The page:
Today’s blog post is the first of a two-part series written by Jason Skowronski, who serves as the lead editor for technical content at Rollbar. Jason began his career as a software developer at Amazon and now enjoys being a developer advocate for the latest technologies.

Application errors can cause frustrating problems for customers that may ultimately lead to losing their trust and business. Experienced developers know what it’s like to have a critical production problem and spend minutes or perhaps even hours diagnosing a tricky problem. It’s even harder to diagnose when several developers are making changes and deployments in parallel.

Rollbar is an error monitoring solution that can tell you what errors occurred after a deployment and show you the deployment and code change that likely caused them. It integrates with your continuous integration and delivery (CI/CD) system to track when deployments are promoted to production. When an new error occurs, it looks up the deployed version in your source code repository like GitHub to identify what code was changed and who changed it. This will help you narrow down errors due to code bugs faster.

In this post, we’ll run through an example showing how Rollbar can integrate with CircleCI and GitHub to make this work. You’ll be able to see the code changes that may have caused the error in just a few clicks.


A simple example

Rollbar integrates with most major programming languages, frameworks, CI/CD solutions, and source code repositories. In this example, we’ll use CircleCI as well as Angular so we can demonstrate JavaScript source code mapping. Our example is freely available and simple to run or modify. The source code is available on the angular-circleCI repository on Github.

If your app is using a different language or framework, you can still follow these instructions, but the part that will be most relevant is adding the deployment API call to Rollbar. This API call is the same for any language.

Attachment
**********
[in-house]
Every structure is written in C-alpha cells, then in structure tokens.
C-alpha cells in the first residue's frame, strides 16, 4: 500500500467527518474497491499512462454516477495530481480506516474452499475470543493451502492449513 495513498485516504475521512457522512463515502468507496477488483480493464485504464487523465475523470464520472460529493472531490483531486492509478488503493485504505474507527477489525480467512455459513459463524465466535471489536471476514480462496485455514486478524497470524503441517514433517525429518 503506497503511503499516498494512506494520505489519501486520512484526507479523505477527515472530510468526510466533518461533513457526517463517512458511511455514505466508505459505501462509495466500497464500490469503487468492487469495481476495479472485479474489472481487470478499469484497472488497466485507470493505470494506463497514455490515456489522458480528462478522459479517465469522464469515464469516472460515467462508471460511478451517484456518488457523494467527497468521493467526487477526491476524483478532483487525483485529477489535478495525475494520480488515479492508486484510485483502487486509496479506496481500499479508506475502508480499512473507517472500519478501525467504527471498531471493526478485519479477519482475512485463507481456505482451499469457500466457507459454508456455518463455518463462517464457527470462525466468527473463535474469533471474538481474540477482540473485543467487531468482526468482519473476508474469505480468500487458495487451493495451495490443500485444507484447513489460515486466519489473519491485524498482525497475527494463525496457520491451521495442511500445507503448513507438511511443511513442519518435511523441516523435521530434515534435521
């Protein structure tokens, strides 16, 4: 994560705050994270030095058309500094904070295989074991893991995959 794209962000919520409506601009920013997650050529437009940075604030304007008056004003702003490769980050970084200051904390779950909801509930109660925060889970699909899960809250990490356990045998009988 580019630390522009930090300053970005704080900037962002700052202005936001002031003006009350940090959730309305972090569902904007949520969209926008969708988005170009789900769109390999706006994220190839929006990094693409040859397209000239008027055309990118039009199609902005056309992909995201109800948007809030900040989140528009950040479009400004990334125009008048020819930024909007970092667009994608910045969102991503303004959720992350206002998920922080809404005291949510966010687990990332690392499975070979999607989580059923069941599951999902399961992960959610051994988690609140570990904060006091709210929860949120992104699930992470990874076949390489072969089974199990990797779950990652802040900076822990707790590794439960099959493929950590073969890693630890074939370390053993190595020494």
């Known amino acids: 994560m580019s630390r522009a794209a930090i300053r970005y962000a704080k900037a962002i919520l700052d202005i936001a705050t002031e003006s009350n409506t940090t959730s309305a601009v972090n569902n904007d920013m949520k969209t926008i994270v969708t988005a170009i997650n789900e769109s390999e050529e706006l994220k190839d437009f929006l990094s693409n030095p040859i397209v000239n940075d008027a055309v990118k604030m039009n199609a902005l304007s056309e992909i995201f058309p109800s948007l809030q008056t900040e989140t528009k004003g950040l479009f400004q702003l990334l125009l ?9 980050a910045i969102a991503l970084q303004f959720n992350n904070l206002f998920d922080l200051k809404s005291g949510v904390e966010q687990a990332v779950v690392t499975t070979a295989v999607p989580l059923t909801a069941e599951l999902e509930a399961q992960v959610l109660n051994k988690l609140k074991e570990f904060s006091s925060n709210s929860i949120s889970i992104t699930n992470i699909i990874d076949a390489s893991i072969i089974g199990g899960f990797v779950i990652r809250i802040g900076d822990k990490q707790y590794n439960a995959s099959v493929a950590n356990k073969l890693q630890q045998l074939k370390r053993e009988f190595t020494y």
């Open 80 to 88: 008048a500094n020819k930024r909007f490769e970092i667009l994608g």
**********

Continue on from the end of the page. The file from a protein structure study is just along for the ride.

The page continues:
Open your CircleCI config

First, we are going to show you how to set up CircleCI for our example app. Then we are going to send deployment notifications to Rollbar so it can track when deployments are made.

We will assume that you already have an account with CircleCI. If not, sign up and then configure the source code repository such as GitHub or BitBucket.


CircleCI looks for configuration in a folder named .circleci under the project directory. It should contain a file named config.yml. This file has your deployment command. In my case, the config file deploys to an S3 bucket since the Angular example is a static site. Yours will be different depending on where you deploy your app.

# Deploy our app to the S3 by copying the files
- run:
     name: Deploy to S3
     command: |
     aws --region us-east-2 s3 sync dist s3://rollbar-example/ --delete     --acl public-read

Send deployment notifications to Rollbar

Now we can notify Rollbar after successful deployments so it can track the deployed version. Insert the below Rollbar deployment notification after the deployment script. Make sure to replace the example variables with your own access token, username, etc.

- run:
     name: Deployment notification to Rollbar
     command: |
    # Deployment script
    # Notify rollbar
     curl \
     -F access_token=2a208f30fa1b4f0183adb694c4432038 \
     -F environment=production \
     -F revision=$CIRCLE_SHA1 \
     -F rollbar_username=RollbarExample \
     -F local_username=$CIRCLE_USERNAME \
     -F comment='Deploy with bug'

access_token: The destination project token on Rollbar. This token is generated when a project is created on Rollbar.

environment: The deployment environment where the service is deployed. We can configure different environments such as development, staging and production.

revision: The deployed application version. This should be the repository comumit ID. Rollbar will create a link to the repository commit source code if the supplied version is the commit ID.

local_username: The user who deployed the build to server.

The deployment version history can now be seen on Rollbar. It can also can identify the code changes made with each deployment. Later, we’ll show you how Rollbar uses this to identify which errors occurred in this deployment.


Add the Rollbar SDK to your app